RTW, Vegas: Rue de la Paix (and pay and pay) in Paris

It’s astonishing to me that you can be driving through a place that, if it’s not as hot as hell, comes pretty close. With negligible civilization for hundreds of miles.

Then suddenly, springing forth from the same miserable terrain  is …

Paris. And who doesn’t love Paris?

View from room at Paris Las Vegas

Le, la — I could never get my French pronouns right —  Tour Eiffel.

L’Arc de Triomphe …

and the Rue de la Paix.

All in the same faux-cobblestone neighborhood at the Paris Las Vegas that was so slippery, I’m actually glad I had my dorke’ running shoes on instead of the dressy wedges I’d planned . Sure as merde,  I would have fallen and broken my derriere. Having broken both wrists in two separate accidents (another post — I’m making a list of future posts), who needed that?

Paris is all about fashion; seeing and being seen; and creating a scene…

Frederick’s of Las Vegas.

And sophisticated French fare.

And financiers.

I was ready to roll up my sleeves and mingle with the high rollers of Seine City. Prior to this undertaking, I’d never lost at the slots. My lifetime winnings were about, lessee, umm, $36.14.

The meter started ticking as soon as I went to the ATM machine. The fee to withdraw cash cost almost $5, which was what I was prepared to spend on the slots. So that meant I was already down to about 84 cents.

Since I looked lost, a nice couple from Atlanta pointed me over to a bunch of machines. Said they had big payouts in the past. What the heck. Showed me the strategy to investing my vast fortune of $5 in quarters. I could bet on as much as three times the value of each quarter. (Drum roll here.) I played it strategically, one quarter at a time.

It took a mere 20 minutes to lose it all. At one point, I was up to $10, but, in an uncharacteristic move, didn’t quit while I was ahead.

I’ll admit I got a thrill out of hitting little jackpots here and there, but didn’t feel confortable investing any more. When I later looked up the odds of winning anything substantial, the answer seemed to be — better than I thought. Best I could gather from this source  that seemed most scientific is that the law has some say over machine payouts.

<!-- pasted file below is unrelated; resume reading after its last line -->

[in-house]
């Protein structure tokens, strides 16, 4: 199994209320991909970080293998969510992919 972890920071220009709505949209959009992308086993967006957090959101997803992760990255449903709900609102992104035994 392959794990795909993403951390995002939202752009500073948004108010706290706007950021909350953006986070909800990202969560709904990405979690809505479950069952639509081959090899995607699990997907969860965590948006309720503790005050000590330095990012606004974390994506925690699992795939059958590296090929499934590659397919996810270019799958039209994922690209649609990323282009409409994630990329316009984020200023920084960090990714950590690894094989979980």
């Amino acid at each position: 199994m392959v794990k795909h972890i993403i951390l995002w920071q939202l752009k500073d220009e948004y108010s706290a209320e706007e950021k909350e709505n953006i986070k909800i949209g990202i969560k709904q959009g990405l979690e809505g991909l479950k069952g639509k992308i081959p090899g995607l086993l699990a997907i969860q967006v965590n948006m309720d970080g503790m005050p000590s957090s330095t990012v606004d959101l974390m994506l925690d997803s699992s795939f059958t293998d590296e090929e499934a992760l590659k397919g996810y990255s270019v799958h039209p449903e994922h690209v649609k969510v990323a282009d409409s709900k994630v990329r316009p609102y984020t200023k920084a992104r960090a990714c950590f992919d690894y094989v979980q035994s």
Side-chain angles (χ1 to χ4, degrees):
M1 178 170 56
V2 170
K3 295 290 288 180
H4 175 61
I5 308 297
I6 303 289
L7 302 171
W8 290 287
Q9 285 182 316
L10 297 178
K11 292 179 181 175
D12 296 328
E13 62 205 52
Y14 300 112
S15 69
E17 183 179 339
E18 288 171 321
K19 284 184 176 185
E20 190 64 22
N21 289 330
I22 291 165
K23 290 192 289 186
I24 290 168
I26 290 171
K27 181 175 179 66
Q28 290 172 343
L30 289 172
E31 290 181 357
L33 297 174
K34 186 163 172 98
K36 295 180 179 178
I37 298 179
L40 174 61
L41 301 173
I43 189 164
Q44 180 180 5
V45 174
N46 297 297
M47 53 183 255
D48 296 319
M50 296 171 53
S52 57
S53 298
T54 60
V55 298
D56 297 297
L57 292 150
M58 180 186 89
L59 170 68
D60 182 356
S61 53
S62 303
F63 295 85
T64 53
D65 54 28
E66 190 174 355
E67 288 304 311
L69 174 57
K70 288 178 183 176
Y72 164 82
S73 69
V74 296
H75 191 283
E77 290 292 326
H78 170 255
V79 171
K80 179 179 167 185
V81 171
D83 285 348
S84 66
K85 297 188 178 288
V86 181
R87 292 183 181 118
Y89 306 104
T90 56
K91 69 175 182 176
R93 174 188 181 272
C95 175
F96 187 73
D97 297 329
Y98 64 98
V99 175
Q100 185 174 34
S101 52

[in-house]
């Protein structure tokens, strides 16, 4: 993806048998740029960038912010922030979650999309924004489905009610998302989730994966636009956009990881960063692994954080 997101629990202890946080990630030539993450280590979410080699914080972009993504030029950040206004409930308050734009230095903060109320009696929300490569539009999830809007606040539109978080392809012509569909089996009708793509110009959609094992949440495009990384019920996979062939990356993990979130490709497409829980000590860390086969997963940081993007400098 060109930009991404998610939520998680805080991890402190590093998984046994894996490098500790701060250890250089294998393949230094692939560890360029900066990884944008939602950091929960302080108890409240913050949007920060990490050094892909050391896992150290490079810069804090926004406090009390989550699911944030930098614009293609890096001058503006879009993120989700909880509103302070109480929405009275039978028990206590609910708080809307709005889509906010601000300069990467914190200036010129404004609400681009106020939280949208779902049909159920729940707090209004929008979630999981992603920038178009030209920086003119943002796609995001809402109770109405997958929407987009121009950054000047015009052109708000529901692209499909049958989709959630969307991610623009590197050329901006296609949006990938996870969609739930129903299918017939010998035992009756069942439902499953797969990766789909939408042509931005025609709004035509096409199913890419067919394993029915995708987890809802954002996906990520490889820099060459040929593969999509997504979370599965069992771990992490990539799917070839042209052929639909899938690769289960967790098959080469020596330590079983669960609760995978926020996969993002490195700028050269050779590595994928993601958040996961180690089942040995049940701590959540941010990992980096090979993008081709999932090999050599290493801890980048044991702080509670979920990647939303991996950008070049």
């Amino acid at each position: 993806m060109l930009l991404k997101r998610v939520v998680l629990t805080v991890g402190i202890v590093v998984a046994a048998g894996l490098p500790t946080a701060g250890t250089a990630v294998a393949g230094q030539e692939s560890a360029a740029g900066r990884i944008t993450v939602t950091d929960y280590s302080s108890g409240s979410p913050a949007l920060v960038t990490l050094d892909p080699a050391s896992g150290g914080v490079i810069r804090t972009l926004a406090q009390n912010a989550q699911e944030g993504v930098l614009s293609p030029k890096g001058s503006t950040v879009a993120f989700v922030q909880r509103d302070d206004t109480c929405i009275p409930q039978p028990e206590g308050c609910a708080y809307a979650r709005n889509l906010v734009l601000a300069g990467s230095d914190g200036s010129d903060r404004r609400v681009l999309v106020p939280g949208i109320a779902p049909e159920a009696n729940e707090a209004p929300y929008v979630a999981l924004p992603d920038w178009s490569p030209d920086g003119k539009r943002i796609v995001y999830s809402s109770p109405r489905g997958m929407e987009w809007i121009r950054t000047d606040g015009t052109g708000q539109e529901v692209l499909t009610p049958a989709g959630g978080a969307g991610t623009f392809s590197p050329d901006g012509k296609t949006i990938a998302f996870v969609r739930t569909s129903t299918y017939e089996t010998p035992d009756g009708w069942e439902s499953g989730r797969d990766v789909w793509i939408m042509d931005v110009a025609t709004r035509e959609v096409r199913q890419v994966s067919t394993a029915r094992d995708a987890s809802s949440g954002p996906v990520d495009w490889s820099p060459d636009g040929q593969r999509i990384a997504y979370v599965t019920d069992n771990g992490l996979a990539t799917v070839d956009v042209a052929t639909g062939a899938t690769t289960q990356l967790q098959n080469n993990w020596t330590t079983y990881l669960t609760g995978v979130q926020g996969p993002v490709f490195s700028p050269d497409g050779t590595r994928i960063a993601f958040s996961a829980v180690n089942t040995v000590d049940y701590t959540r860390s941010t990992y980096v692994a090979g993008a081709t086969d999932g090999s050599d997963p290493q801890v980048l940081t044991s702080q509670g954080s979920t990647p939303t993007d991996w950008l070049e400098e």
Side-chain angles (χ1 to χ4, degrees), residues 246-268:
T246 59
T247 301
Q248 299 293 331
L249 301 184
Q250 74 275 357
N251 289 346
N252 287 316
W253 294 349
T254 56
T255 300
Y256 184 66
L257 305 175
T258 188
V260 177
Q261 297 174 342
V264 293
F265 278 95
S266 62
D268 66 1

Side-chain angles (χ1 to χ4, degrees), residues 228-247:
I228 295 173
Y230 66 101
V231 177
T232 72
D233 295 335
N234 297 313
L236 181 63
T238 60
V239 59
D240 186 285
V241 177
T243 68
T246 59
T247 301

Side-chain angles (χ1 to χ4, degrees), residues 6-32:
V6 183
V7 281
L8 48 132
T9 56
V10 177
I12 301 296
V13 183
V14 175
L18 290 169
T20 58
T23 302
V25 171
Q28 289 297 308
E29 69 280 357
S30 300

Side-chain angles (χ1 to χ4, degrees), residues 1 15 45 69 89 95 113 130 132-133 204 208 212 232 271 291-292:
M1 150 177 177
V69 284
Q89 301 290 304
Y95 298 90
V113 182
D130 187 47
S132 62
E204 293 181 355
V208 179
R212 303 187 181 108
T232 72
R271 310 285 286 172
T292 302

Whatever. Guess it just wasn’t my day. And the other patrons, butts glued to the seats, eyes fixed on the screens, must have been having much better luck.

Word from my sponsor at this juncture: I was sporting my T-shirt advertising Mitch’s legal services — he specializes in bankruptcy; just in case anyone happened to need some advice. Granted, he works in Pennsylvania, not Nevada, but still … no takers.

It’s their money; and it’s none of my business. I realize that.

If I’d quit after upping my earnings to $10, I would have had enough to buy that $10 breakfast crepe. It sure looked nice, but  tasted as plastic as the plate.

I’m not sure the food at “Le Village Buffet” across the way was any better, but it was so popular, it had an express lane.

Yep, the only Left Bank here was Wells Fargo.

There were a few hotel shops that looked interesting, but I didn’t have the time, the money or the inclination. If I really wanted something from Paris, I’d get it from the real one, not a movie set.

But that’s just me.

So I said A bientot as I pulled out of self-park, and headed west again toward San Diego.

Would I go to Vegas again? Nah; it’s not my thing.

But did I have fun? You betcha.

This entry was posted in First-timer does Vegas, How to travel around the world with just a carry-on, North America and tagged , , , . Bookmark the permalink.

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